Paso Robles High School's 2017 graduation
Under bright blue skies and with temperatures near 100 degrees, Paso Robles High School celebrated the achievements of 407 graduating seniors Friday at War Memorial Stadium.
“The portfolio of accomplishments from our senior class is something that all of us at Paso Robles High School can be very proud of,” Prinicipal Eric Martinez said. “They are prepared to be highly successful in any endeavor that they embark on. It has been an honor and privilege to witness first-hand their resilience and intellectual capacity. I am so very proud of all of them and look forward to hearing and seeing the great things they will accomplish in the near future.”
Jacob Van Wiggeren was honored as valedictorian and Teresa Cabello as salutatorian, both of whom participated in the school district’s dual-immersion Spanish program.
Forty-five students graduated with grade-point averages of 4.0 or above, and 49 students earned the State Seal of Biliteracy, which signifies fluency in two languages, according to Martha Clayton, a spokeswoman for Paso Robles Joint Unified School District. Eleven students also signed national letters of intent to participate in college athletics.
Graduates plan to enroll at universities throughout California and across the country, including UC Berkeley, UCLA, Cal Poly and New York University, Martinez said. Two students have also been accepted to military academies — Matthew Olsen will attend the Air Force Academy and Matthew Horne will head to West Point.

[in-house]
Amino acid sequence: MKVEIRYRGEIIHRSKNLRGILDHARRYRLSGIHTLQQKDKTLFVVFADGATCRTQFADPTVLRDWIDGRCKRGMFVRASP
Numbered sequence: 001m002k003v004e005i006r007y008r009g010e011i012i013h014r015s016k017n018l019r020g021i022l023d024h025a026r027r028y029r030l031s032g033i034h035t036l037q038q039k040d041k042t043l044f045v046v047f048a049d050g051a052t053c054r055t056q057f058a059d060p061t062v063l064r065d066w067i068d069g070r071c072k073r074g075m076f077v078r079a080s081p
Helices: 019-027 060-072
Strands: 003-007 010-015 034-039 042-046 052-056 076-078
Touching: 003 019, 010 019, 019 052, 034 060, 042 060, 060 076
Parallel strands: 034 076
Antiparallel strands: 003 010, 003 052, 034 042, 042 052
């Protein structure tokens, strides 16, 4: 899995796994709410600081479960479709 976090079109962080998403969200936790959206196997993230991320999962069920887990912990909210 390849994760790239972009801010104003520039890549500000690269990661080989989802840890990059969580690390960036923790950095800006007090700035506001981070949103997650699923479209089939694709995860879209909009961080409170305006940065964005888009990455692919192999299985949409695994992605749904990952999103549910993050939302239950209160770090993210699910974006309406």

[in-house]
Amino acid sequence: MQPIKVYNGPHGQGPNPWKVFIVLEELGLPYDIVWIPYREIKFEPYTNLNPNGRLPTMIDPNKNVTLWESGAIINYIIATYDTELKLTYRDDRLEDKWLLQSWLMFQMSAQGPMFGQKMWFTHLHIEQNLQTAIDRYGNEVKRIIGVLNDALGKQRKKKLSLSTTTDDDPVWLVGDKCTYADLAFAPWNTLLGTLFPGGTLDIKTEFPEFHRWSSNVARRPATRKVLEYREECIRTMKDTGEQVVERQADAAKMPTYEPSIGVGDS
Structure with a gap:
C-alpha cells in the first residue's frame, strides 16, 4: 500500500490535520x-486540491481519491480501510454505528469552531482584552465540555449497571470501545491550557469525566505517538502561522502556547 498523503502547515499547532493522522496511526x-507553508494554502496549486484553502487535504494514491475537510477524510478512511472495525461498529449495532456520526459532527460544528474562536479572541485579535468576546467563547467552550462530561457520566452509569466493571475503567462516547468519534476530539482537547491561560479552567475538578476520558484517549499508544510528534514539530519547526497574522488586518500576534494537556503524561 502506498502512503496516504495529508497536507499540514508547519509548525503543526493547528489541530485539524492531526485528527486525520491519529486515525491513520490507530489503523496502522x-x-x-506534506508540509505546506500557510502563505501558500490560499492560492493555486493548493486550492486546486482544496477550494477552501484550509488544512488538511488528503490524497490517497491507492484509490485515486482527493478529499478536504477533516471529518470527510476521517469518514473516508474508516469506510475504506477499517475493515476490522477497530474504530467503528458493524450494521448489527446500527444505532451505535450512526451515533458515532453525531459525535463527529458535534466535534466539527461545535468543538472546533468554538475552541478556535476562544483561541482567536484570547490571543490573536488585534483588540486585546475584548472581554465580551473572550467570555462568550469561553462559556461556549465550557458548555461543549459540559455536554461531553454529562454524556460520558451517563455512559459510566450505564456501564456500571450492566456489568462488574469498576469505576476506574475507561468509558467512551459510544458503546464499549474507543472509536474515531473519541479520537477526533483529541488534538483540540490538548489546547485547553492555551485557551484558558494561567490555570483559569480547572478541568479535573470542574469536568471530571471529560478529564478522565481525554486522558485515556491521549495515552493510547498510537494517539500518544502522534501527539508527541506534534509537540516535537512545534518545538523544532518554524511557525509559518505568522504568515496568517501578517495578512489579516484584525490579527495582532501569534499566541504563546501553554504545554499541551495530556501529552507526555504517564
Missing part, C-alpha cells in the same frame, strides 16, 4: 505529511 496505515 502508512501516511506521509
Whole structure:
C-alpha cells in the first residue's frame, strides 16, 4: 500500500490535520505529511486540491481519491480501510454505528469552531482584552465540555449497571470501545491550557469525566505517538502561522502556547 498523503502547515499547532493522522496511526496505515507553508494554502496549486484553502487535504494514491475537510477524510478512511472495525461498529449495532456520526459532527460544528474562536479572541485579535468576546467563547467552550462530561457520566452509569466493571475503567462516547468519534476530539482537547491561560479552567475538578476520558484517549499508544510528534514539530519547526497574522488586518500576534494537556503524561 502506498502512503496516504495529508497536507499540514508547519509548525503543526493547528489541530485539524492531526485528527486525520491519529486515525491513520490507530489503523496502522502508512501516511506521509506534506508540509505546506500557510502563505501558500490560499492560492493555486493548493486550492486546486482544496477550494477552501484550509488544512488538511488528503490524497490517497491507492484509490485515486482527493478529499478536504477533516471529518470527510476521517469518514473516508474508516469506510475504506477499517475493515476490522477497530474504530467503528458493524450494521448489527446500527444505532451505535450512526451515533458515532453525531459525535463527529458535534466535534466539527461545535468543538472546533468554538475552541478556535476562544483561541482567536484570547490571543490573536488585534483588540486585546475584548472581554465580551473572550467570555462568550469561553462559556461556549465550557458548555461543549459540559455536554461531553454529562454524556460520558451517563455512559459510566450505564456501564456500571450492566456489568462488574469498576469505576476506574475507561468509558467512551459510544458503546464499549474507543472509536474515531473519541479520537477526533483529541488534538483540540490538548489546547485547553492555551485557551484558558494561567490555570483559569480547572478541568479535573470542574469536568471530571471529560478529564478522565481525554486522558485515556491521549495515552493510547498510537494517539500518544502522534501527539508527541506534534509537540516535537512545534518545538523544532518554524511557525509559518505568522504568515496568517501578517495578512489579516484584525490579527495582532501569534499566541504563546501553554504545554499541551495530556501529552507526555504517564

Liberty and Independence high schools
Liberty and Independence high schools — both continuation schools — celebrated their graduations on Thursday at War Memorial Stadium.
Together, the schools graduated 115 students — 40 from Independence and 75 from Liberty.
Nick Alvarado was honored as valedictorian and Monica Higuera as salutatorian.
About 60 percent of graduates plan to attend Cuesta College, while others will enroll at out-of-area or trade schools, according to Principal Nate Maas. Some students also plan to join the military — one graduate will enlist in the Marines, three or four in the Army and two in the Navy.
“I would categorize these people as overcomers, all of them,” Maas said. “We’re really proud of what they’ve overcome.”